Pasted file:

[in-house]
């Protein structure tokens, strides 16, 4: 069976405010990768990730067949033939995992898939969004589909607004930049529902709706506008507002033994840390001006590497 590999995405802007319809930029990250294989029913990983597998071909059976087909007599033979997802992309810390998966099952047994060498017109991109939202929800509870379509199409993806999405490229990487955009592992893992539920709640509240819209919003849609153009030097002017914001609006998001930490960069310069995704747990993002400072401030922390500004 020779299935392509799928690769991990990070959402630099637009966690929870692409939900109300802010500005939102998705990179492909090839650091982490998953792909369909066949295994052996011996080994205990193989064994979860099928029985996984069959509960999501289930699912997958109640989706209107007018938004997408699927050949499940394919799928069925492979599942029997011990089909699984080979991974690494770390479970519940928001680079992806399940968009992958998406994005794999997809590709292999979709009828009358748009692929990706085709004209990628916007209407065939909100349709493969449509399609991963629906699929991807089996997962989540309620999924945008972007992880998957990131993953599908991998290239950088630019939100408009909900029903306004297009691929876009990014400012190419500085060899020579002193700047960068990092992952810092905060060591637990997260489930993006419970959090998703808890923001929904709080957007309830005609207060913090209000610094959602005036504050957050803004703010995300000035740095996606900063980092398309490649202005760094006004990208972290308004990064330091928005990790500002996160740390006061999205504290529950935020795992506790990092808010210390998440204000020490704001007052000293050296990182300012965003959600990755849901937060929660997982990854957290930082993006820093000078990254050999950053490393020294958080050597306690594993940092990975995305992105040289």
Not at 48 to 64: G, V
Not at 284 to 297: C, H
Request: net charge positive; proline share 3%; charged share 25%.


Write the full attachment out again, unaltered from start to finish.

[in-house]
């Protein structure tokens, strides 16, 4: 069976405010990768990730067949033939995992898939969004589909607004930049529902709706506008507002033994840390001006590497 590999995405802007319809930029990250294989029913990983597998071909059976087909007599033979997802992309810390998966099952047994060498017109991109939202929800509870379509199409993806999405490229990487955009592992893992539920709640509240819209919003849609153009030097002017914001609006998001930490960069310069995704747990993002400072401030922390500004 020779299935392509799928690769991990990070959402630099637009966690929870692409939900109300802010500005939102998705990179492909090839650091982490998953792909369909066949295994052996011996080994205990193989064994979860099928029985996984069959509960999501289930699912997958109640989706209107007018938004997408699927050949499940394919799928069925492979599942029997011990089909699984080979991974690494770390479970519940928001680079992806399940968009992958998406994005794999997809590709292999979709009828009358748009692929990706085709004209990628916007209407065939909100349709493969449509399609991963629906699929991807089996997962989540309620999924945008972007992880998957990131993953599908991998290239950088630019939100408009909900029903306004297009691929876009990014400012190419500085060899020579002193700047960068990092992952810092905060060591637990997260489930993006419970959090998703808890923001929904709080957007309830005609207060913090209000610094959602005036504050957050803004703010995300000035740095996606900063980092398309490649202005760094006004990208972290308004990064330091928005990790500002996160740390006061999205504290529950935020795992506790990092808010210390998440204000020490704001007052000293050296990182300012965003959600990755849901937060929660997982990854957290930082993006820093000078990254050999950053490393020294958080050597306690594993940092990975995305992105040289």
Not at 48 to 64: G, V
Not at 284 to 297: C, H
Request: net charge positive; proline share 3%; charged share 25%.